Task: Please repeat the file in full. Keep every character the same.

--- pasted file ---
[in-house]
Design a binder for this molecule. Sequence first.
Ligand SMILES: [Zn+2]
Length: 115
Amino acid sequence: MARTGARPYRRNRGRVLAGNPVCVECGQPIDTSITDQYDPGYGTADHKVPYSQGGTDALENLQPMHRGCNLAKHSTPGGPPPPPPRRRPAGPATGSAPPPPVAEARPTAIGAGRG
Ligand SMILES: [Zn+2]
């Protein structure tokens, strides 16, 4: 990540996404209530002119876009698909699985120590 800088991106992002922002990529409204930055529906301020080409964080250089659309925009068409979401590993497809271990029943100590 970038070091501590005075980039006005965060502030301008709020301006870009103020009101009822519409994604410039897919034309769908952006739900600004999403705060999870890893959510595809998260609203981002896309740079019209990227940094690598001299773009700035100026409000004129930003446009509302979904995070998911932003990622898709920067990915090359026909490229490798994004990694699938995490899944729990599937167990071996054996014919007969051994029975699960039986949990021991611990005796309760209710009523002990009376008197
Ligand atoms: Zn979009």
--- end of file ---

[in-house]
Design a binder for this molecule. Sequence first.
Ligand SMILES: [Zn+2]
Length: 115
Amino acid sequence: MARTGARPYRRNRGRVLAGNPVCVECGQPIDTSITDQYDPGYGTADHKVPYSQGGTDALENLQPMHRGCNLAKHSTPGGPPPPPPRRRPAGPATGSAPPPPVAEARPTAIGAGRG
Ligand SMILES: [Zn+2]
């Protein structure tokens, strides 16, 4: 990540996404209530002119876009698909699985120590 800088991106992002922002990529409204930055529906301020080409964080250089659309925009068409979401590993497809271990029943100590 970038070091501590005075980039006005965060502030301008709020301006870009103020009101009822519409994604410039897919034309769908952006739900600004999403705060999870890893959510595809998260609203981002896309740079019209990227940094690598001299773009700035100026409000004129930003446009509302979904995070998911932003990622898709920067990915090359026909490229490798994004990694699938995490899944729990599937167990071996054996014919007969051994029975699960039986949990021991611990005796309760209710009523002990009376008197
Ligand atoms: Zn979009």